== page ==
Admissions to the Bar by Examination and by Transferred UBE Score, 2016–2020

NOTE: Due to the COVID-19 pandemic, most jurisdictions made modifications to their July 2020 bar exam administrations, some of which have implications for the admissions statistics in the chart below. Please note the following. (See “COVID-19: Implications for 2020 Statistics”  for details.)

• The number of 2020 admissions by transferred UBE score also includes those admitted by score transfer agreements among certain UBE jurisdictions that administered NCBE’s remote testing option on October 5–6 instead of or in addition to the July or alternative-date 2020 UBE.

• Five jurisdictions adopted emergency diploma privilege/examination waiver rules allowing certain qualified candidates to be eligible for admission to the bar in that jurisdiction without taking the bar examination. These jurisdictions and their number of diploma privilege/examination waiver admissions in 2020 are as follows: District of Columbia (0, applications not accepted until 2021), Louisiana (409), Oregon (240), Utah (130), and Washington (498).

• Thirty-one jurisdictions expanded or adopted temporary supervised practice rules to allow qualified candidates to engage in the limited practice of law under the supervision of a licensed attorney until they were able to take the bar exam.

• Some jurisdictions experienced delays in 2020 admissions (such as delayed swearing-in ceremonies or delayed applicant submission of paperwork) such that certain admission requirements were not fulfilled until early 2021. As these delays were solely due to the COVID-19 pandemic, these admissions are still included in this chart as 2020 admissions.

*Individuals admitted in New Hampshire via the University of New Hampshire’s Daniel Webster Scholar (DWS) Honors Program are not included in this chart. The number of individuals admitted in New Hampshire via the DWS Program in 2016–2020 are as follows: 24 in 2016, 17 in 2017, 20 in 2018, 18 in 2019, and 21 in 2020. (The DWS Honors Program, a two-year performance-based program to which students are accepted prior to their second year of law school, allows successful students to be admitted to the New Hampshire Bar without taking the traditional bar examination.)†Individuals admitted in Wisconsin via diploma privilege are not included in this chart. The number of individuals admitted in Wisconsin via diploma privilege in 2016–2020 are as follows: 351 in 2016, 347 in 2017, 351 in 2018, 327 in 2019, and 299 in 2020. (Wisconsin’s diploma privilege rule allows graduates of its in-state ABA-accredited law schools eligibility for admission without taking the traditional bar examination.)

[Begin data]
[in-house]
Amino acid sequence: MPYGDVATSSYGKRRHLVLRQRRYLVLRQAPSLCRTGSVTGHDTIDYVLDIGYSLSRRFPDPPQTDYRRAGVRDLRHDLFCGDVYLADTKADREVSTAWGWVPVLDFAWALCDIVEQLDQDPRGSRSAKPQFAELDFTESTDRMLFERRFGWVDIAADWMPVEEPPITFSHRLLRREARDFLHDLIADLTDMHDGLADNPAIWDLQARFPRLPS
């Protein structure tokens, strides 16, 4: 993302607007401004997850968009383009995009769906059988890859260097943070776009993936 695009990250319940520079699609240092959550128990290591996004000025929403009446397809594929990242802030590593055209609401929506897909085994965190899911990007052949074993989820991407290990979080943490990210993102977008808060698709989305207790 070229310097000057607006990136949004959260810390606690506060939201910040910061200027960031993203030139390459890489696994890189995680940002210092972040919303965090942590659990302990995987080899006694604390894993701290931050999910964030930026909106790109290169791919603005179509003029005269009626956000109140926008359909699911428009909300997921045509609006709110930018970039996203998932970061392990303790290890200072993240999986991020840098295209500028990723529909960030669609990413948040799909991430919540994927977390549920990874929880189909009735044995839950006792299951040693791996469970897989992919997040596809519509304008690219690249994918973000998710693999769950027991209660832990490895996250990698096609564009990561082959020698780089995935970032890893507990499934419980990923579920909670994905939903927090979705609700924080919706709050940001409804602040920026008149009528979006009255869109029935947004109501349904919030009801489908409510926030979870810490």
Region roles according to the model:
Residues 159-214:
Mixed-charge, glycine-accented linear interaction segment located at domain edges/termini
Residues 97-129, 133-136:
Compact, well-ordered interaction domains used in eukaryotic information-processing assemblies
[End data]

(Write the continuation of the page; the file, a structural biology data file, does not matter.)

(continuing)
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*Individuals admitted in New Hampshire via the University of New Hampshire’s Daniel Webster Scholar (DWS) Honors Program are not included in this chart. The number of individuals admitted in New Hampshire via the DWS Program in 2016–2020 are as follows: 24 in 2016, 17 in 2017, 20 in 2018, 18 in 2019, and 21 in 2020. (The DWS Honors Program, a two-year performance-based program to which students are accepted prior to their second year of law school, allows successful students to be admitted to the New Hampshire Bar without taking the traditional bar examination.)

†Individuals admitted in Wisconsin via diploma privilege are not included in this chart. The number of individuals admitted in Wisconsin via diploma privilege in 2016–2020 are as follows: 351 in 2016, 347 in 2017, 351 in 2018, 327 in 2019, and 299 in 2020. (Wisconsin’s diploma privilege rule allows graduates of its in-state ABA-accredited law schools eligibility for admission without taking the traditional bar examination.)

*Individuals admitted in New Hampshire via the University of New Hampshire’s Daniel Webster Scholar (DWS) Honors Program are not included in this chart. The number of individuals admitted in New Hampshire via the DWS Program in 2016–2020 are as follows: 24 in 2016, 17 in 2017, 20 in 2018, 18 in 2019, and 21 in 2020. (The DWS Honors Program, a two-year performance-based program to which students are accepted prior to their second year of law school, allows successful students to be admitted to the New Hampshire Bar without taking the traditional bar examination.)

†Individuals admitted in Wisconsin via diploma privilege are not included in this chart. The number of individuals admitted in Wisconsin via diploma privilege in 2016–2020 are as follows: 351 in 2016, 347 in 2017, 351 in 2018, 327 in 2019, and 299 in 2020. (Wisconsin’s diploma privilege rule allows graduates of its in-state ABA-accredited law schools eligibility for admission without taking the traditional bar examination.)